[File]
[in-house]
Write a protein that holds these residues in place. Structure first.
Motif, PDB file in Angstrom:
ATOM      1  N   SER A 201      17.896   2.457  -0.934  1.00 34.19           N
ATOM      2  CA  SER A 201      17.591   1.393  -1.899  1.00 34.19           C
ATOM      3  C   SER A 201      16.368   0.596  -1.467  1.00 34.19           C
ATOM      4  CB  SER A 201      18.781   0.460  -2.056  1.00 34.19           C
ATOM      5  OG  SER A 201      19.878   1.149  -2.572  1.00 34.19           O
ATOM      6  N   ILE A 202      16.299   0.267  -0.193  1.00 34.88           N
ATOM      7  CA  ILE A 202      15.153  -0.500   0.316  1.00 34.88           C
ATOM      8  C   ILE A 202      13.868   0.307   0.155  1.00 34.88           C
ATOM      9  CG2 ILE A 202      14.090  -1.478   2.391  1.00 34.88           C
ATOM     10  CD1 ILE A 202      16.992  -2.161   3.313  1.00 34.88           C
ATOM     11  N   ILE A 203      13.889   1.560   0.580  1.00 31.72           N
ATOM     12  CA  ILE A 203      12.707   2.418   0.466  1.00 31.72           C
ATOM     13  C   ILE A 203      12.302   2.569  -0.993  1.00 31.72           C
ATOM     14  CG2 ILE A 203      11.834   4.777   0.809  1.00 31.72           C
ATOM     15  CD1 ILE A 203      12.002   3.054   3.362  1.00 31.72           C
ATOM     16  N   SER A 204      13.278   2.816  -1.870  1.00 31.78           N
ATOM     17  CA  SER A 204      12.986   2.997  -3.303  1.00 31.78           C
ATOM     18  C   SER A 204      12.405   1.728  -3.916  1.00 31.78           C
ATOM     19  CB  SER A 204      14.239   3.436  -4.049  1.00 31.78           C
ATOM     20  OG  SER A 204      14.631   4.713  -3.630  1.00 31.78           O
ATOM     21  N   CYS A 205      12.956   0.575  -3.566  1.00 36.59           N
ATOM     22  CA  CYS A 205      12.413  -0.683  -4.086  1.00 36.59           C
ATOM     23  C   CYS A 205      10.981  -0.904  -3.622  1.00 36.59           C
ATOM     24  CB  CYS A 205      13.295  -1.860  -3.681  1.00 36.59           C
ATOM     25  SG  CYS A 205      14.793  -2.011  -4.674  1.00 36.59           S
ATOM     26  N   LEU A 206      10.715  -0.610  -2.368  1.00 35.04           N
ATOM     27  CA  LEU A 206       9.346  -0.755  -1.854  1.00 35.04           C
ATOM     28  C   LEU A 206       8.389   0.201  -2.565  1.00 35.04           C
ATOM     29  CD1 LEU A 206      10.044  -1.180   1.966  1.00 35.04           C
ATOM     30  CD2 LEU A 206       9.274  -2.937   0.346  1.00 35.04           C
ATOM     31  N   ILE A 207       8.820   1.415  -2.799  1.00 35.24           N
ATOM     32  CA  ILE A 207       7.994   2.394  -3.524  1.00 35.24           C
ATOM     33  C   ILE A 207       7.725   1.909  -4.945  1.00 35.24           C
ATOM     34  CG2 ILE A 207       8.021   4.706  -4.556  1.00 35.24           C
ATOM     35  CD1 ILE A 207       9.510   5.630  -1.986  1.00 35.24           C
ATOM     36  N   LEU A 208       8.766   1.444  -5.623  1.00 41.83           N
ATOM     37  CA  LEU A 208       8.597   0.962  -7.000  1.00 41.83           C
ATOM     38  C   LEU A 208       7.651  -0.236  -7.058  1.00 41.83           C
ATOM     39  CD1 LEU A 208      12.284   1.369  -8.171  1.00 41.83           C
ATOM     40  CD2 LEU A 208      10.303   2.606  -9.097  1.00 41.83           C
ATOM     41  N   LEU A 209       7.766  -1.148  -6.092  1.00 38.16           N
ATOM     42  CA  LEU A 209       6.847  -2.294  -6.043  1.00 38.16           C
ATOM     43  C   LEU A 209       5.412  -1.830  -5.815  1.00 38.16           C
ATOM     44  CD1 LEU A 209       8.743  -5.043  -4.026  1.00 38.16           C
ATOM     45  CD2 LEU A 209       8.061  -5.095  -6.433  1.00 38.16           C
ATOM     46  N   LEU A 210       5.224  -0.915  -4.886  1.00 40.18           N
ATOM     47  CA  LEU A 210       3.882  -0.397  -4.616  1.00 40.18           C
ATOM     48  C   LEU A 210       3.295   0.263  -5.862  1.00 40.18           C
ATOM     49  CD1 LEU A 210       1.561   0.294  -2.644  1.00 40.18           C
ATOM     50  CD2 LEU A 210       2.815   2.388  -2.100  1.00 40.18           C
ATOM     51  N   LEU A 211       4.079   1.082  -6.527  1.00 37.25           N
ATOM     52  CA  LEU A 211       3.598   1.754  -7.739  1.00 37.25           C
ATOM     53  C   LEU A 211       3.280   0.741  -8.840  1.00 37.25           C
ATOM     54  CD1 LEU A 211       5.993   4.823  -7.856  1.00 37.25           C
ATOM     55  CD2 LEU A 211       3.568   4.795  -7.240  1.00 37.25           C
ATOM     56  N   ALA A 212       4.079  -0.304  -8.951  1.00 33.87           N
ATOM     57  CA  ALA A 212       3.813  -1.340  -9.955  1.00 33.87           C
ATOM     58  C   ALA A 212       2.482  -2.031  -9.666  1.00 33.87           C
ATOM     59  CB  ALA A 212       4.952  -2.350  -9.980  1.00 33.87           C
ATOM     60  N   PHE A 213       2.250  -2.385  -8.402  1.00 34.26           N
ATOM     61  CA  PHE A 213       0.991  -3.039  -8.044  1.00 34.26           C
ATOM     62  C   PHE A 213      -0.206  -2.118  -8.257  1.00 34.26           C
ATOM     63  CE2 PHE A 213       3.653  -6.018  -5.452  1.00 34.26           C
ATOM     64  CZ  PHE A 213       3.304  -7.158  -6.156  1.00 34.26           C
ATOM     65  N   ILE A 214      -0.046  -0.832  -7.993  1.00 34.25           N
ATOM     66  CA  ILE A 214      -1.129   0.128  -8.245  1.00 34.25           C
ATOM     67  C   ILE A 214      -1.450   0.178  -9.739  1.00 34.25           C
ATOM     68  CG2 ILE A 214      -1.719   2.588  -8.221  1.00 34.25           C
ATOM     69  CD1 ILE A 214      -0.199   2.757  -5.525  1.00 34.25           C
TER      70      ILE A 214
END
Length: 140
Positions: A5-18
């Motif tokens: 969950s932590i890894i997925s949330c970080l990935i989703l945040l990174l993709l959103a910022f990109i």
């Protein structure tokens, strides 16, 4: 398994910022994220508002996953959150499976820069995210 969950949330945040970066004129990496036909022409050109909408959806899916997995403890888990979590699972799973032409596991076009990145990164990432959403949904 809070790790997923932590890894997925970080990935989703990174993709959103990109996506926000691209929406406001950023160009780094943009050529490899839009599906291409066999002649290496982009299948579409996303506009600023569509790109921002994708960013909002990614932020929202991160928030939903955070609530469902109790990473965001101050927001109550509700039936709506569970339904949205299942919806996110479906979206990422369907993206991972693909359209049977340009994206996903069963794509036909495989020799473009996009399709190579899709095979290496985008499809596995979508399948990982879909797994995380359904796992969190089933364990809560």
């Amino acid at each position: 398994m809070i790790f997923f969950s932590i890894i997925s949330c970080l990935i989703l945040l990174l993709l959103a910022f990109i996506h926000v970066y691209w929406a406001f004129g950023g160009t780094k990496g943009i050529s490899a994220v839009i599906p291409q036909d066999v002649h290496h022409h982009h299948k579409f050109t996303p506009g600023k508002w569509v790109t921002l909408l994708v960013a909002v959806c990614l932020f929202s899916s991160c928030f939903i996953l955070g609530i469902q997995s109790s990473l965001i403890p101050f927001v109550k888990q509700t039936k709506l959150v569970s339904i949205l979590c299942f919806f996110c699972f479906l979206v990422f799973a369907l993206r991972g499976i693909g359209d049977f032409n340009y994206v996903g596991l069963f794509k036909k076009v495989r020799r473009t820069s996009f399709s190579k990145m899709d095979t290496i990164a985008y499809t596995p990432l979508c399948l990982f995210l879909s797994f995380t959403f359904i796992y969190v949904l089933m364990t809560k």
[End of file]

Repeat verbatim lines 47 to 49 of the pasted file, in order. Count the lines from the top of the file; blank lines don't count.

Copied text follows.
ATOM     44  CD1 LEU A 209       8.743  -5.043  -4.026  1.00 38.16           C
ATOM     45  CD2 LEU A 209       8.061  -5.095  -6.433  1.00 38.16           C
ATOM     46  N   LEU A 210       5.224  -0.915  -4.886  1.00 40.18           N